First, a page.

Moody’s Downgrades 6 Canadian Banks for Exposure to Consumer Debt

There has been another round of Moody's downgrades for 6 Canadian banksMoody’s has doled out another round of credit rating cuts, this time downgrading six major Canadian banks. Bank of Montreal, Scotiabank, TD Canada Trust, Caisse centrale Desjardins, CIBC and National Bank of Canada each found their rating slashed by one notch. It’s one of several such Moody’s downgrades since June of last year, when the ratings agency cut RBC’s grade from Aa1 to Aa3.

Moody’s stated the cuts were due to the banks’ exposure to the “increasingly indebted Canadian consumer” – meaning our household debt levels have left our banks vulnerable to potential risks facing the Canadian economy.

What is the Moody’s Rating System?

Moody’s Investor Services is a globally-renowned debt rating agency that ranks lending institutions according to a standardized system. These ratings determine the level of risk posed to investors, for example if a bank is likely to default, or whether it’s exposed to less stable methods of generating revenue. Simply put, banks that base their funding on good, old fashioned customer deposits are considered the most stable, while lenders that rely on fees, trades, short term financing and equity advisory are considered to be of higher risk.

Additional external factors that pose a threat to the economy can also affect a bank’s rating, which is the case here; overextended Canadian borrowers stand a lot to lose should our economy experience a shakeup – and so do our banks.

The Effect of the Housing Market

When the banks refer to high levels of household debt, they’re mainly referring to mortgages taken out by Canadian consumers. Decades of inflating housing prices have pushed homebuyers to take on larger mortgages, as increased financing is required for them to keep up with the market. This leads to higher average debt levels – and the banks awaiting the repayment of billions of mortgage dollars from borrowers who could potentially default. In fact, the average household income-to-debt ratio these days is 165 per cent. To put that into perspective, 160 per cent was the toxic number that prompted the economic downturn in the U.S. and UK. It also led the Bank of Canada to impose affordability-limiting mortgage rules to dissuade borrowers from biting off more than they could chew with their home purchases.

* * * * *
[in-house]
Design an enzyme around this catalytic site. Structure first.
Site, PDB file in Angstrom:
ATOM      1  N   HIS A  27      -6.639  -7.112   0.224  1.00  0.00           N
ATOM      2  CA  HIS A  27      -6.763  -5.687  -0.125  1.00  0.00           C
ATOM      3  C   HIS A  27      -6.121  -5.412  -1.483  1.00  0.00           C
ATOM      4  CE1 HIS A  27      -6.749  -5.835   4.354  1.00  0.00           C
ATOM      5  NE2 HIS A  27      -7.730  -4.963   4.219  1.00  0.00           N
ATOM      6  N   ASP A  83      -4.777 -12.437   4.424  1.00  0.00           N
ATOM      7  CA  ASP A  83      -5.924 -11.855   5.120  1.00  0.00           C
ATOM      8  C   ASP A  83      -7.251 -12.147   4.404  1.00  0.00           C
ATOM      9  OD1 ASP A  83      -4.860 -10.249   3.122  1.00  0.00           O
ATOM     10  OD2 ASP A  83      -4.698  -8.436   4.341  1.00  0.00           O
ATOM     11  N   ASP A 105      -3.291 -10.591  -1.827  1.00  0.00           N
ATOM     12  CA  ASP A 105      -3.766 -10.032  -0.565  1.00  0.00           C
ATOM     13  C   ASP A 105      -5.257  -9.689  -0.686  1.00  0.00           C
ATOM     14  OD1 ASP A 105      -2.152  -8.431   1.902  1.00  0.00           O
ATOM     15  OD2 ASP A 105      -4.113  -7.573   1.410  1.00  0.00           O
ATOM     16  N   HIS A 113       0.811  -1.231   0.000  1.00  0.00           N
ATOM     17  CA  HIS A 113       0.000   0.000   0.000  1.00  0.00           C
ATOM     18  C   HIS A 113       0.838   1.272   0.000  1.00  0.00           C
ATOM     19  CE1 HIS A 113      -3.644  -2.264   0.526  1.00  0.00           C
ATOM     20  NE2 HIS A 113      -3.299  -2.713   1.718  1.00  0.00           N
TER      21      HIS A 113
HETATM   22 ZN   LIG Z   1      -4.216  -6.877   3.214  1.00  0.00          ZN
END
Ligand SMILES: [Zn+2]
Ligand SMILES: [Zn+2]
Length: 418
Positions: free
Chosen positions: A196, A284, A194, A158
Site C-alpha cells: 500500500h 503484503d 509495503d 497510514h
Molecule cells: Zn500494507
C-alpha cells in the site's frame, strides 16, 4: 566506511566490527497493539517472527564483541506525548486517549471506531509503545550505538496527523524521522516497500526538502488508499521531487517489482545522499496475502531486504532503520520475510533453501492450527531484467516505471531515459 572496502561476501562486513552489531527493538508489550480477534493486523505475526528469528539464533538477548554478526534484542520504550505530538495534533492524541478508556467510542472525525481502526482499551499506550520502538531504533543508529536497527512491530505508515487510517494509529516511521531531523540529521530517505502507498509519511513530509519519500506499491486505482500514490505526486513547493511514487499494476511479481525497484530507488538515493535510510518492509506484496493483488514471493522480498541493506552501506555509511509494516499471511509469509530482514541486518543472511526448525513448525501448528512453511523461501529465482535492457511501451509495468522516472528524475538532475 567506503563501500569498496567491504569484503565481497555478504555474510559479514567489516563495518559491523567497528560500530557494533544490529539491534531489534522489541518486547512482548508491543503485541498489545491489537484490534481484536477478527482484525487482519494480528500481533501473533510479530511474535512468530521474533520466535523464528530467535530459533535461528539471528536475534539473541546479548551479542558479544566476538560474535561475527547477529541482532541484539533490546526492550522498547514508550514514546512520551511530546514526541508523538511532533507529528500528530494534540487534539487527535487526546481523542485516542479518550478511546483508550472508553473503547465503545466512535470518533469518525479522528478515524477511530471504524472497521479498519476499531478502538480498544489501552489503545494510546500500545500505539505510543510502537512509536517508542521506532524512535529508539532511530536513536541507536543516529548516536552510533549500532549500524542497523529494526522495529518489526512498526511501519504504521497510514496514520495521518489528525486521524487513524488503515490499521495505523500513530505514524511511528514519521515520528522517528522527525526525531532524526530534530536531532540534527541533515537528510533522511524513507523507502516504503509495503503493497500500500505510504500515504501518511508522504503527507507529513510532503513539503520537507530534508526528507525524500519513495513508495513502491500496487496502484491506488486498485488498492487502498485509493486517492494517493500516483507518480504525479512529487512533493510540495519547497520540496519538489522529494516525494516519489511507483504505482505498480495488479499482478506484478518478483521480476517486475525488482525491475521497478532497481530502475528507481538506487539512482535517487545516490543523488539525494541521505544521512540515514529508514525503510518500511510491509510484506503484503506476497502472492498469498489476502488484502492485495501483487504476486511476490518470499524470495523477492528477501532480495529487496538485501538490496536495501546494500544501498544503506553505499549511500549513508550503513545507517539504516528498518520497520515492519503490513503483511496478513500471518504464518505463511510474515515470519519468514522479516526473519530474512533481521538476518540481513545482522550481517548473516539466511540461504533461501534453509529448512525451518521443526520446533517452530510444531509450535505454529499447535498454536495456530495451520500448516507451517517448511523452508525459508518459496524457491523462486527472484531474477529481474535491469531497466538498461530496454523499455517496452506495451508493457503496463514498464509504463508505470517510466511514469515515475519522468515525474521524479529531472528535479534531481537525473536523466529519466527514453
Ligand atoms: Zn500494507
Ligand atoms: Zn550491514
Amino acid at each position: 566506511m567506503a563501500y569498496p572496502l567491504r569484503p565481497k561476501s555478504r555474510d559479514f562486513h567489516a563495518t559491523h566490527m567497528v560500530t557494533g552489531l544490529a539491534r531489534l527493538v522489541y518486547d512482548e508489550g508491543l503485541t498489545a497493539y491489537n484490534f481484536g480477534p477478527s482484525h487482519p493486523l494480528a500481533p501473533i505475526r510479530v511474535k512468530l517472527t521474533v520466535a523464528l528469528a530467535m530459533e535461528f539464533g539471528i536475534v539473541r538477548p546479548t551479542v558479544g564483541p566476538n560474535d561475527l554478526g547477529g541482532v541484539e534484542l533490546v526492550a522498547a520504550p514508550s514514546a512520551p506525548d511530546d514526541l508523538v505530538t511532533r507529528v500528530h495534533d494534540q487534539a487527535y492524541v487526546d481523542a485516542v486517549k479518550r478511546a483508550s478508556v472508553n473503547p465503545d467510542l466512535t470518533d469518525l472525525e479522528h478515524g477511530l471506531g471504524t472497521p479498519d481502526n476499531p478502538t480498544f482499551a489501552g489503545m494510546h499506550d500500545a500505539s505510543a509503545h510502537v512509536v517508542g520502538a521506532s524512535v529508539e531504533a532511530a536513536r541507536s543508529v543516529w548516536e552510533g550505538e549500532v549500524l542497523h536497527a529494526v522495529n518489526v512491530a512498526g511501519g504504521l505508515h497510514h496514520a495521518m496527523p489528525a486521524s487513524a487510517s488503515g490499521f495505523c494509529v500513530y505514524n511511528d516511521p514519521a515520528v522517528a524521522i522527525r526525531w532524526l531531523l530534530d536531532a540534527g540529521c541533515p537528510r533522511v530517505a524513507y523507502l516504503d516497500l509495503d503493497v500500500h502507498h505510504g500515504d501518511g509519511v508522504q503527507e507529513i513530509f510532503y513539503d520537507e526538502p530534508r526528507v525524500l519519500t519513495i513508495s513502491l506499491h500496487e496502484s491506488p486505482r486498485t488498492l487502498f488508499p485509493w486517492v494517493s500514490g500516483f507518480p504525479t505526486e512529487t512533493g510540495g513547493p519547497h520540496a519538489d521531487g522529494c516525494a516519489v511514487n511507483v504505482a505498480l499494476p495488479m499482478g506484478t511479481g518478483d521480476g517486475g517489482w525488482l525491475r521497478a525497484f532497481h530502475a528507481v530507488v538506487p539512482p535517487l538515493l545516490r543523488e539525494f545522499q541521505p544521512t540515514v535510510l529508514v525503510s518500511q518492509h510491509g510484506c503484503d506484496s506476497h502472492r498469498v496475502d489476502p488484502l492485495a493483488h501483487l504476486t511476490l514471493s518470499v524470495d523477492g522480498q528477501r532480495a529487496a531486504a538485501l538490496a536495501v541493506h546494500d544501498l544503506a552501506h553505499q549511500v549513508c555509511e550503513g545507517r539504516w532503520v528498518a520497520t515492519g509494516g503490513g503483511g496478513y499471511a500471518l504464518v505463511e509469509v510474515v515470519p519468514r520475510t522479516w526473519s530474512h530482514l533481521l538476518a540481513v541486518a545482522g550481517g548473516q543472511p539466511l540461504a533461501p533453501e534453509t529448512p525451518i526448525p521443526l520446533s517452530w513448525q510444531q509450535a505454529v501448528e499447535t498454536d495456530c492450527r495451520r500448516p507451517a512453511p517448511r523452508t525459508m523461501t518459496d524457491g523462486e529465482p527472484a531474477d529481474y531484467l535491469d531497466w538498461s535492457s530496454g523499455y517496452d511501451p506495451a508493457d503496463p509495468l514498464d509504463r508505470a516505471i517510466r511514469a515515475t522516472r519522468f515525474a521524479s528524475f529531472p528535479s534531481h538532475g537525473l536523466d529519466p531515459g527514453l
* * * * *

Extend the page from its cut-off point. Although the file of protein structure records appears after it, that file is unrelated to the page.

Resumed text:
While it’s true that a large part of this risk is mitigated by homeowners under CMHC mortgage insurance (mandatory for high risk borrowers and those putting less than 20 per cent down on their home), should a softening housing market cause en mass value depreciation, everyone takes a hit. A loss of equity will in turn lead to decreased consumer spending, and could even lead to less construction in cities – a major economic driver for Canada’s urban centres.

The Global Economic Impact

Risks facing our economy aren’t all home grown – global economy instability is also partly to blame. As the U.S., our largest trading partner, continues to struggle against their fiscal cliff, and European and Asian slowdowns create hurdles for our export industry, Canada is less of a safe haven than initially thought.

So… Should We Be Worried?

Despite the ominous news, markets continue to throw their weight behind bank stocks, which have increased five per cent since June. It’s a sign that most are positive there won’t be a housing crash – and that we’ll be spared the gloomy economic chain of events. While a downgrade traditionally means that it’s more expensive for banks to borrow short term loans from one another (responsible for the liquidity of funds in the Canadian banking system), the cost of borrowing is currently low enough that it won’t make much of a dent. And that means a credit crunch isn’t in the cards… for now.

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